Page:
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|Documented case histories of surface ground movements from mine subsidence were utilized to help determine when the initial collapse of the overburden occurred above longwall panels. By studying this relationship between initial movement at the surface and the amount of face advance, the least-complex conditions exist for empirically assessing the span capacity of the overburden. The objective of this work was to obtain a better understanding of the overburden response to longwall mining. This knowledge will give a better insight on the long-term effects that different overburden types have on the stability and the subsidence potential of room and pillar mines, as well as, the influence of the overburden on subsidence over longwall panels. Theory on the overburden span capacity was developed and correlated to field observations. Data were used on the overburden lithology, depth, width, and face advance of the panel, and the subsidence conditions that were noted on the surface. The subsidence measured on the surface was used to determine when complete failure in the overburden rock had occurred. According to spans predicted by theory and the subsidence measured in the field, the competent lower units failed at a face advance less than when significant subsidence was observed on the surface. In each case studied, there were competent lower beds; however, the full overburden weight was not sustained to the point of subsidence. The best correlation with the surface movement was found with the most shallow, competent bed. Elastic plate solutions with various support conditions were found to best monitor the surface subsidence of these upper roof units.|
Additional chapters/articles from the SME-ICGCM book Proceedings 7th International Conference on Ground Control in Mining (ICGCM) 7th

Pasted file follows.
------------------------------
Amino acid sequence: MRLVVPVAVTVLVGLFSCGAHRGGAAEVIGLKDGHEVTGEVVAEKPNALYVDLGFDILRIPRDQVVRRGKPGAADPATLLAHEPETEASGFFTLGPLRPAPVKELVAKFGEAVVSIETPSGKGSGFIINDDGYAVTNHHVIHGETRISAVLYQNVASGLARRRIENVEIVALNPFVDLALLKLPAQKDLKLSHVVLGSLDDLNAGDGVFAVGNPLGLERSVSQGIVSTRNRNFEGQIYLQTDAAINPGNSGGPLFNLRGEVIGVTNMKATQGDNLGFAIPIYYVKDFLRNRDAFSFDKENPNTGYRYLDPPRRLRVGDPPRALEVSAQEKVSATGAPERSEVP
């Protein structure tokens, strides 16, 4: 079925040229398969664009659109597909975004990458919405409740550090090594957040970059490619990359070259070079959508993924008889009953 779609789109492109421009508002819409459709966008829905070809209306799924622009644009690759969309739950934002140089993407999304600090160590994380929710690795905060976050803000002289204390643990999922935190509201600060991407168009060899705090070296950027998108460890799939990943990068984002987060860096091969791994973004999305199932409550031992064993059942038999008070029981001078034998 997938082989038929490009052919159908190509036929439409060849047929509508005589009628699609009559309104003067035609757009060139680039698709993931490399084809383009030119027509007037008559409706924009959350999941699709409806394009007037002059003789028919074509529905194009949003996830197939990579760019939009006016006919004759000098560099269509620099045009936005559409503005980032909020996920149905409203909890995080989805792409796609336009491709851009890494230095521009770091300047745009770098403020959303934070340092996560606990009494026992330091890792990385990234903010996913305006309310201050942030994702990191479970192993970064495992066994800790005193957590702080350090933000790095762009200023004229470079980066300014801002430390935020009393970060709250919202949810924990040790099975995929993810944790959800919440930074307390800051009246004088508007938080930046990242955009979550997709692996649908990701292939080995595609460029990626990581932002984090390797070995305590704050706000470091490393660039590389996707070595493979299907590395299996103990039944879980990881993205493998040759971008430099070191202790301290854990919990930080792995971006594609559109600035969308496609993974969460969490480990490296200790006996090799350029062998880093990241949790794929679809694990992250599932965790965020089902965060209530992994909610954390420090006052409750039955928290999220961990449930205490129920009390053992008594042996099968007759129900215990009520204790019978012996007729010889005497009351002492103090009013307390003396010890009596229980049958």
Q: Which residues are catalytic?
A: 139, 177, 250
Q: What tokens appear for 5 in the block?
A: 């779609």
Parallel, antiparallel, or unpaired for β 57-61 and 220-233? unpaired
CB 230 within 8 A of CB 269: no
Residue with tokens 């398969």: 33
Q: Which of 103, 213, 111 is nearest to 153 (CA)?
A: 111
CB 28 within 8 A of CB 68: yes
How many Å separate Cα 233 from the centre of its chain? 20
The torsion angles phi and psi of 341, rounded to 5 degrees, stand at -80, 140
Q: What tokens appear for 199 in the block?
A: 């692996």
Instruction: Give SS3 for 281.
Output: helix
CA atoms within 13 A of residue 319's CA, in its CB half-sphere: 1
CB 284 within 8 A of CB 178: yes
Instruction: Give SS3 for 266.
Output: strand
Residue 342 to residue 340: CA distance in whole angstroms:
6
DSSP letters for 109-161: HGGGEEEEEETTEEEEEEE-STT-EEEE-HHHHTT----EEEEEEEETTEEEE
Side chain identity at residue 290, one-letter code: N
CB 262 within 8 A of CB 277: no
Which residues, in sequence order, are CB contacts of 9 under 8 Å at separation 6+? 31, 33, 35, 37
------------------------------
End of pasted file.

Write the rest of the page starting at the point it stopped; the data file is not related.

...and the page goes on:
|Field Evaluation of Yield Pillar System at a Kentucky longwa||In-Situ Pillar Strength Determination for Two-Entry Longwall||Integrity Factor Approach to Assess the Stability of Room-an||Longwall Recovery Utilizing The Open Entry Method And Variou||Design Of Lower Seam Longwall Operations In Multiple Seam Mi||Method Of Selecting Suitable Types Of Powered Supports At Lo||An Overview Of The National Roof Evaluation Accident Prevent||Strata Control Advances At Jim Walter Resources, Mining Divi||Portal Stability In Rock||Bailey Mine Slurry Impoundment Longwall Subsidence Monitorin||Prediction Of Surface Subsidence And Strain In The Appalachi||Computerised Subsidence And Displacement Prediction Using In||Computer Modeling Of Yield Pillar Behavior Using Post-Failur||Practical Rock Mechanics For Safety And Productivity Improve||Geotechnical Mine Design Of The Foidel Creek Mine||A Hydrogeomechanical Study Of Overburden Aquifer Response To||Comparison Of Predictions And Measurements Of Subsidence Cau||RYBAD Empirical Field Model For Prediction Of Maximum Land S||Mining Under Strong Roof||Sub-Surface Ground Movements Associated With Longwall Mining||A Computer Simulation Of Breakage Of The Main Roof In Longwa||Evaluation Of Low-Coal ATRS Systems||Analysis Of Major Failure Through Integration Of Static And||Outbursts And Rockbursts In Coal Mines||Analysis Of The Initial Collapse Of The Overburden Over Long||The Influence Of Stream Valleys On Coal Mine Ground Control||Aerostatic Support System For Underground Coal Mines||A Simplified Two-Dimensional Analysis Of The Roof-Pillar-Flo||Comparative Studies In The Mechanics Of Grouted Roof Bolts||Seismic Studies Over Active Longwall Mines||Surface Ground Movements Over Longwall Mining In The Pittsbu||Effect Of Longwall Mining Subsidence On The Stability Of Sur||Study Of Quantitative Impacts To Ground Water Associated Wit||The Broken Rock Zone Around Tunnels And Its Support Theory||Subsidence In Indian Coalfields||Case Studies Of Depillaring Under Special Strata And Mining||The Control Of Surface Subsidence By Width/Depth Ratio And C||Design Of The Ventilation Shaft In The South Link Railway Tu|